He also said it could be difficult for the candidates to run on a platform of local issues because whoever wins is new to Congress.
“Neither candidate can promise to bring home a lot because they’re going to be junior members …(Retiring Rep. Darrell) Issa could’ve promised a lot,” Kousser said. “Neither candidate is going to be able to back up the promise of bringing home the pork.”
The district touches the most southern cities in Orange County, including San Juan Capistrano, Dana Point and San Clemente. The majority of the 49th stretches down the west side of San Diego county, ending before La Jolla. It also includes the U.S. Marine Corps’ Camp Pendleton, which separates the Orange County portion of the district from the populous San Diego County sections.
Issa (R-Vista) announced in January he would not seek reelection. He narrowly won reelection in 2016 by a margin of less than one percentage point — beating Democratic challenger Doug Applegate by just over 1,600 votes.
There were no Republican candidates running in the district until Issa’s January announcement — then a flood of eight GOP candidates stepped into the race, including Harkey. Levin had been gearing up his campaign throughout most of 2017.
Since joining the race in January, Harkey has raised $702,000, while Levin has amassed $2.6 million, according to campaign finance disclosures as of June 30 on the Federal Elections Committee website.
The next round of financial disclosures won’t be out until after Oct. 17.
According to the latest voter registration statistics compiled by Voice of OC using data from the two counties’ registrars, Republicans have a 5 percentage point edge in voter registration.
Of the nearly 394,000 registered voters, about 140,500 are Republicans and a little over 122,000 are Democrats.
San Diego County holds the majority of voters in the district at 296,000.
When broken down by county, Democrats and Republicans are nearly equal in San Diego County at roughly 97,000 for each party. But in Orange County, Republicans have 43,600 voters, compared to 25,200 registered Democrats.
Republicans have been slowly losing voters in the district since 2012, when the GOP had a 13-point margin over Democrats in voter registration.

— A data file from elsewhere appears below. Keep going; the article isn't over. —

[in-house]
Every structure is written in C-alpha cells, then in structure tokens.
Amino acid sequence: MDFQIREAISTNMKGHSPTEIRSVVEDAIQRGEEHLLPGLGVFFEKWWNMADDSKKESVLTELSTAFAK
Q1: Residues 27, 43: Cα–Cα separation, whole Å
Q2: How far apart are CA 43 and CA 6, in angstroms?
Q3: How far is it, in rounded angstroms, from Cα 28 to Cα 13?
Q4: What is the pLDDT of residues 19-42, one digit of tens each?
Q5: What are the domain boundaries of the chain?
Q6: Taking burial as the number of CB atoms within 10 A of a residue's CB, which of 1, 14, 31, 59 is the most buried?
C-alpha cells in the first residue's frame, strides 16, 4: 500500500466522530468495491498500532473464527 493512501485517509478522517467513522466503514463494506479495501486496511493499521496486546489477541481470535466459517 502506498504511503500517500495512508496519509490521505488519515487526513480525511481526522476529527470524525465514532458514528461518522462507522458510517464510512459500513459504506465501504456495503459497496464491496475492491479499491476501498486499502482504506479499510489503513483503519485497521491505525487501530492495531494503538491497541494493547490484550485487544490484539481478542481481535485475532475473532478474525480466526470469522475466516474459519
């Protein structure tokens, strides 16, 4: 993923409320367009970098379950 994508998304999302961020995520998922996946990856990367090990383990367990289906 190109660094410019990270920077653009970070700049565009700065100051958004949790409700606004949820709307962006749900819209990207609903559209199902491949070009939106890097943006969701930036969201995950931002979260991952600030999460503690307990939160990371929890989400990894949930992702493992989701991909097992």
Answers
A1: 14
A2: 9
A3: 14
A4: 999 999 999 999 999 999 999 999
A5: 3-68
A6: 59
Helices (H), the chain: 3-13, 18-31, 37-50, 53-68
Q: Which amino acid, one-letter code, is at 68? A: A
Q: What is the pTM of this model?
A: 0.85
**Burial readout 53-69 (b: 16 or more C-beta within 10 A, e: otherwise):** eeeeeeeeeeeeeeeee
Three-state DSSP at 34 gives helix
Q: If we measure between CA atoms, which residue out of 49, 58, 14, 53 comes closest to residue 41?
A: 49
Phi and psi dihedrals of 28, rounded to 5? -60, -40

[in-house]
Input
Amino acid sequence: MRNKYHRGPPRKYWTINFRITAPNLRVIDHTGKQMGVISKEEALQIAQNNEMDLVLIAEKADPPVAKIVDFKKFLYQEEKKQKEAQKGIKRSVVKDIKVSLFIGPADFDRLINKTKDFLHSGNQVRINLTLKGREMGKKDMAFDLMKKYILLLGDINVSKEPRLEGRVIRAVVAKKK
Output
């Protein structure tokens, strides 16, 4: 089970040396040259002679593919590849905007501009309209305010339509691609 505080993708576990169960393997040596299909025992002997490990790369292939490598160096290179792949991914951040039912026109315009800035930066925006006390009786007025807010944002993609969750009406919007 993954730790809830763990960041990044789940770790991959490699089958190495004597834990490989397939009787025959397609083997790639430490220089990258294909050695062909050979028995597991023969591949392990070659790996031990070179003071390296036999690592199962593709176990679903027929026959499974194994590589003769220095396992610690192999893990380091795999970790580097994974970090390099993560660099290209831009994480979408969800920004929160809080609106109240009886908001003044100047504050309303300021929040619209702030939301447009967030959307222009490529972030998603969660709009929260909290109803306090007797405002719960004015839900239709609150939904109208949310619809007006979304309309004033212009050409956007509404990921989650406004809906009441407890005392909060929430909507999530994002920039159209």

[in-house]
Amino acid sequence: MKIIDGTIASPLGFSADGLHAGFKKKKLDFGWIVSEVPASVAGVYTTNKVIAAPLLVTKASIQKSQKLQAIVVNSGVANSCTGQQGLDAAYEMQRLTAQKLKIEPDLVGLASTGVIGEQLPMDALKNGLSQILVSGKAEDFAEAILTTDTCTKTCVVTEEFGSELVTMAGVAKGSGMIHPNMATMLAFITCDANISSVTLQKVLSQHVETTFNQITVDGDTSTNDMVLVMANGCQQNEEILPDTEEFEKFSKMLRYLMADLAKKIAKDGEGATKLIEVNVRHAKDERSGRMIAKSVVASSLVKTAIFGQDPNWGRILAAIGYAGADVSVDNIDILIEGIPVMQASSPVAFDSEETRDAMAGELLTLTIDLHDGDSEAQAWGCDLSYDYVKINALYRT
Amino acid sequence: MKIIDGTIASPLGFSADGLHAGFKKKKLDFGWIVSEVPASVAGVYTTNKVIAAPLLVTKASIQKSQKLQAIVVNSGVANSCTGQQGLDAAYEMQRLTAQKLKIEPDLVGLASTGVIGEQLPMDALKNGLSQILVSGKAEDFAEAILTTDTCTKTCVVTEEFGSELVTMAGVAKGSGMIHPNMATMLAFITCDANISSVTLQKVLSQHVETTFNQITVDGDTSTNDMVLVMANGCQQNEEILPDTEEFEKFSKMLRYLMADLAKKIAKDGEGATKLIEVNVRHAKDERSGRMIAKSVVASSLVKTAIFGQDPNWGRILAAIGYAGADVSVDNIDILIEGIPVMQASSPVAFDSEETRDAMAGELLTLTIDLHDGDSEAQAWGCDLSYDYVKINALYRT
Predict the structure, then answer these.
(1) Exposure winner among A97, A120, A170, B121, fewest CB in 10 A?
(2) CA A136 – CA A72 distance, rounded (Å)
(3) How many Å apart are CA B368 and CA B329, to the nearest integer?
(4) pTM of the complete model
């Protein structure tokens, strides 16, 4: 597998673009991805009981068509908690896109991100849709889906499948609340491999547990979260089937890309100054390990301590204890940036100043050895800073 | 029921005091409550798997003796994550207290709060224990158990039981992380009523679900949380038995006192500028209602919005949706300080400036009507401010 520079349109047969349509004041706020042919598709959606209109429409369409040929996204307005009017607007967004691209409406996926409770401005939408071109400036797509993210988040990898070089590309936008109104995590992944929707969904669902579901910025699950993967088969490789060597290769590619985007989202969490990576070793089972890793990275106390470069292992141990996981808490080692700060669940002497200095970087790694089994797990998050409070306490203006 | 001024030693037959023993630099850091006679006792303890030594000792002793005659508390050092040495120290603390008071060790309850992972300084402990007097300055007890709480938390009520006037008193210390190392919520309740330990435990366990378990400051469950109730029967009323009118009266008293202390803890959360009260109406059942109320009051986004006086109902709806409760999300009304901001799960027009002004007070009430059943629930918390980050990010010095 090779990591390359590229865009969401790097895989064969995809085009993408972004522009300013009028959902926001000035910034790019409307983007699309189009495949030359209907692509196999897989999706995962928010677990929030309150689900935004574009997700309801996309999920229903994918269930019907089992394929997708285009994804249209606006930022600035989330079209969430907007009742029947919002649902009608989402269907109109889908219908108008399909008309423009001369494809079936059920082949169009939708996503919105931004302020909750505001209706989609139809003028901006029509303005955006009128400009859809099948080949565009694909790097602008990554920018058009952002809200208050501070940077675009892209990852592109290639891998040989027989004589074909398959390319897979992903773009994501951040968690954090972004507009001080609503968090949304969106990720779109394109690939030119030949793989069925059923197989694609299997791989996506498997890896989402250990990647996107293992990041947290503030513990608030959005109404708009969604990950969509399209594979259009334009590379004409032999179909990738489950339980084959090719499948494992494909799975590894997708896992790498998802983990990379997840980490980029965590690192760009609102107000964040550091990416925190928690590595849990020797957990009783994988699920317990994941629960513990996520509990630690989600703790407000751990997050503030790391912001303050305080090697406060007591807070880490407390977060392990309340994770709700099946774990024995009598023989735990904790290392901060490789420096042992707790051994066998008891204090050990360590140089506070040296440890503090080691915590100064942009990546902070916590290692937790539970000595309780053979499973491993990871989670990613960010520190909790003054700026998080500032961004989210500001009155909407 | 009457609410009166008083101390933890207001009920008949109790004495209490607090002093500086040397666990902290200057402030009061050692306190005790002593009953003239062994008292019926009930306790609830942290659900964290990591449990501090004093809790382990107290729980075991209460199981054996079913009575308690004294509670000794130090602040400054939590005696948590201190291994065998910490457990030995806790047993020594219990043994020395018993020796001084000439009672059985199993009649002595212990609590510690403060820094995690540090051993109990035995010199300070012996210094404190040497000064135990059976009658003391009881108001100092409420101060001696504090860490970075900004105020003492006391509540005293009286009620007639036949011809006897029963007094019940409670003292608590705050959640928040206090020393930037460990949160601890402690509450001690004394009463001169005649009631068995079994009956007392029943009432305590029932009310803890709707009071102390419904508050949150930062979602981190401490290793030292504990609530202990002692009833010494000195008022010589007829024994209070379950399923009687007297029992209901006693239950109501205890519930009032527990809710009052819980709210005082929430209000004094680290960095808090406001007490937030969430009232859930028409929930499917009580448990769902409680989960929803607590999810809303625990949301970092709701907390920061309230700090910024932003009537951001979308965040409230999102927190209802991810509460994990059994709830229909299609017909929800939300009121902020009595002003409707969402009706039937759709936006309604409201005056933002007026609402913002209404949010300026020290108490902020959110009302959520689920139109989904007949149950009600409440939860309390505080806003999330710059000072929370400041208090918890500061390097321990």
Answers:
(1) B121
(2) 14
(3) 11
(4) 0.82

Kousser said both parties have been moving to extremes, which pushed many voters to register as no preference.
The no party preference voters consist of over a quarter of the district at nearly 110,000 registered voters.
“I think clearly polling all across the state shows independent (no preference) voters breaking against the President’s party. And this is the story we see in midterm after midterm,” Kousser said, comparing it to the 2010 Republican takeover of the U.S. House of Representatives.
“In 2010 Barack Obama lost (the House) because … independent voters swung against him and his voter base didn’t turn out,” Kousser said.
The district is also home to the decommissioned San Onofre Nuclear Generating Station, which houses nuclear waste within 50 yards of the ocean.
“It’s only 100 feet from the ocean, 16,000 tons of nuclear waste. What I’d like to see … is federal legislation to allow states like California to set stricter nuclear waste safety standards,” Levin said in a phone interview Sept. 19. “We have to get that waste out of there as soon as possible … and I won’t need on the job training to make it happen.”
Levin said the environmental issues in the district helped attract no party preference voters, and even cross party lines.
“And I think we were able to reach a lot of them who care about the quality of our air, water and coastline … it doesn’t matter if you’re a Republican or Democrat … you want to get the nuclear waste off our coast,” Levin said.
Harkey didn’t respond to requests for a phone interview or answer email questions, but her website lists the waste at the decommissioned nuclear plant as a priority.